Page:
Purpose: The aim of this study was to evaluate the microbial profile, resistance patterns, and antibiotic sensitivity of bacterial keratitis to three commonly used ocular antibiotics.
Methods: All cases of bacterial keratitis referred to the Massachusetts Eye and Ear Infirmary Microbiology Laboratory from two consecutive annual 10-month periods were reviewed. The bacterial profile and resistance to ciprofloxacin, cefazolin, and gentamicin was evaluated within the two intervals.
Results: Of the 485 cultures analyzed, 66.4% (322) were positive for bacterial isolates. Of these, 19.2% were polymicrobial, 87.5% were gram-positive, and 12.5% were gram-negative. The most prevalent isolate was coagulase-negative Staphylococcus (45.5%), followed by S. aureus (15.2%). The resistance patterns for gram-positive bacteria for ciprofloxacin for the first versus second time interval were 12% and 22% (P = 0.04) respectively, for cefazolin 13% and 23% (P = 0.04), and for gentamicin 4% and 7% (P = 0.36). The resistance patterns for gram-negative bacteria for ciprofloxacin, cefazolin, and gentamicin were not significantly different in the two tested time periods (all P > 0.05).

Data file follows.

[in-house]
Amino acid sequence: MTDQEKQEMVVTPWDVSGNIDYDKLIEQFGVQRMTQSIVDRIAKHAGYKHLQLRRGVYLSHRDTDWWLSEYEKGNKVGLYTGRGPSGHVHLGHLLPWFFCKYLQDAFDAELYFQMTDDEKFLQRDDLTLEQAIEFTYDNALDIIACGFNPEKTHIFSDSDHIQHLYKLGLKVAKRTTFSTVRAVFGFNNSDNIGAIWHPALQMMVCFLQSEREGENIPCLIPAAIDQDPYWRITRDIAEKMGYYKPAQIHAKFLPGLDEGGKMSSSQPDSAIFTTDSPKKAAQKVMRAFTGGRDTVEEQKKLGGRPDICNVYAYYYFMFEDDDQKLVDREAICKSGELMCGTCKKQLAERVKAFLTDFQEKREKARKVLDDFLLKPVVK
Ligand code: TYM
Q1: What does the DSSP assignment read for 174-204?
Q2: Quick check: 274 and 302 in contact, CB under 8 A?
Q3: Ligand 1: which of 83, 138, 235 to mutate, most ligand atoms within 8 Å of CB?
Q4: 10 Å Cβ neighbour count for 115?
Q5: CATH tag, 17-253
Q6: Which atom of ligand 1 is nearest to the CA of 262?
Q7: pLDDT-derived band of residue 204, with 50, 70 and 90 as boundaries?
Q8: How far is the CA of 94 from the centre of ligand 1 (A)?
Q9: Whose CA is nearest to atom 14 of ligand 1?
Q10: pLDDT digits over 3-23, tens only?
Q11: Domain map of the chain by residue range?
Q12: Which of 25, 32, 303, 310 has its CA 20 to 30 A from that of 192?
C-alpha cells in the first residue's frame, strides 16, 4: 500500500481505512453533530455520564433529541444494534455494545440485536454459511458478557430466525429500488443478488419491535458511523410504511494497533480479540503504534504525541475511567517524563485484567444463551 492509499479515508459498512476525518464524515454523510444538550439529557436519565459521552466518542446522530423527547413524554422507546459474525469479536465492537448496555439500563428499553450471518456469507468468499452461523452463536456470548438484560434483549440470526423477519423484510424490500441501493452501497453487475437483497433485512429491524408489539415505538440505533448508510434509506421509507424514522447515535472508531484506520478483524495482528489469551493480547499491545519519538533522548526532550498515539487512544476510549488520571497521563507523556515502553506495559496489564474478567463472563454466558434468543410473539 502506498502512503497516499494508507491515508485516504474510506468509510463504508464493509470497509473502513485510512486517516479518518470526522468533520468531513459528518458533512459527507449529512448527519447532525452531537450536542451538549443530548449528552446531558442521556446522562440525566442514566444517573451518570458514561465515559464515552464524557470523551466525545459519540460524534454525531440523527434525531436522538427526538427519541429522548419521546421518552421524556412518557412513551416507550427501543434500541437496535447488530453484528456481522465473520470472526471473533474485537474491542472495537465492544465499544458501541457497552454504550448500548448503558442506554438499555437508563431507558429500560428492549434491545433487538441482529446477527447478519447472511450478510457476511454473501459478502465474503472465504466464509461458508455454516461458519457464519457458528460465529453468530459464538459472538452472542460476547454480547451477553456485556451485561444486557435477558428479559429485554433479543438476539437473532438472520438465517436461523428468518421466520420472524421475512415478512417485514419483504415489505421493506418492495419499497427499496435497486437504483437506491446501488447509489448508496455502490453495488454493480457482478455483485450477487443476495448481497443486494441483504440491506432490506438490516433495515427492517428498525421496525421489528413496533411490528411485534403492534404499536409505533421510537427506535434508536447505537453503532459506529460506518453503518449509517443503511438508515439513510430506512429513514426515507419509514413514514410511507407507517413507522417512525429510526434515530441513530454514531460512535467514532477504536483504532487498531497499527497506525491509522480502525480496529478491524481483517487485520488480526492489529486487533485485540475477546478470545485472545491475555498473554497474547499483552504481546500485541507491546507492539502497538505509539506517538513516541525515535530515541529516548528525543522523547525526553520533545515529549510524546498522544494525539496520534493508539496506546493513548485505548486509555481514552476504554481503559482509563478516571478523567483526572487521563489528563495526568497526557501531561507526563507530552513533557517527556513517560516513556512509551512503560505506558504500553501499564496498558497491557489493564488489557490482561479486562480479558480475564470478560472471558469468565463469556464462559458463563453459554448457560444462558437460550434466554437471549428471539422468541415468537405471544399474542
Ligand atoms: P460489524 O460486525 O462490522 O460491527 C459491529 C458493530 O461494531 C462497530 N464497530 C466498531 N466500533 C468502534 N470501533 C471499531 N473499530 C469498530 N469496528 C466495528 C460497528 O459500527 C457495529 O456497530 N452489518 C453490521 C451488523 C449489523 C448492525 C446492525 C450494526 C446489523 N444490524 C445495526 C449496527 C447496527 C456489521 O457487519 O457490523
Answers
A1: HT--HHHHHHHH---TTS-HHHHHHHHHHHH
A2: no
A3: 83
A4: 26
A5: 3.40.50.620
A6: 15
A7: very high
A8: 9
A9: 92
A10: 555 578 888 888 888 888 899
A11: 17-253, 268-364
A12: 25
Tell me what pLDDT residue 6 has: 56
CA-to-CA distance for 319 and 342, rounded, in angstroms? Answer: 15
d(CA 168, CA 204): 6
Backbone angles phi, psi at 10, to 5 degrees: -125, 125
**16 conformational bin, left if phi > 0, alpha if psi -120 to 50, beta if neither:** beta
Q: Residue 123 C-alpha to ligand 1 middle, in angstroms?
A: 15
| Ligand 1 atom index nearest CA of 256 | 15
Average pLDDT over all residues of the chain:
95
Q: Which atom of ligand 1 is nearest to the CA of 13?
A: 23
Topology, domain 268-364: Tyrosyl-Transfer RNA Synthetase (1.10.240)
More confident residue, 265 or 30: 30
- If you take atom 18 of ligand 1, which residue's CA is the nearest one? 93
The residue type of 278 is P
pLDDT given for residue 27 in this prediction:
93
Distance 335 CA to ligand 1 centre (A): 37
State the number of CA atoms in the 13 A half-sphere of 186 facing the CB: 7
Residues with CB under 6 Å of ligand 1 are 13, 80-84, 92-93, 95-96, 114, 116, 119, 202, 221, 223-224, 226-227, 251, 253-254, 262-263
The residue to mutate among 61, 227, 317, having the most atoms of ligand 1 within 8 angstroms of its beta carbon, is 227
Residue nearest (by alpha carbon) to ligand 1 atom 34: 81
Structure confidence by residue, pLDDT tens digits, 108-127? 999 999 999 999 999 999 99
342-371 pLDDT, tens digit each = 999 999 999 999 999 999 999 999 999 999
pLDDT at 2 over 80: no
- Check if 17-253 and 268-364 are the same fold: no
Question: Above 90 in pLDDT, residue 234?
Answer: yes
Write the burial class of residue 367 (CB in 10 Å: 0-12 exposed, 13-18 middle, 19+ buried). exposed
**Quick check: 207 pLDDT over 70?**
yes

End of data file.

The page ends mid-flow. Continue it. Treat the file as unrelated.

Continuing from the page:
Conclusions: There was increased resistance of gram-positive organisms to ciprofloxacin and cefazolin, but not gentamicin, in the two examined time periods. Increased resistance to these commonly used antibiotics emphasizes the need for close follow-up after initial empiric treatment, and maintaining a low threshold for selecting alternative therapy.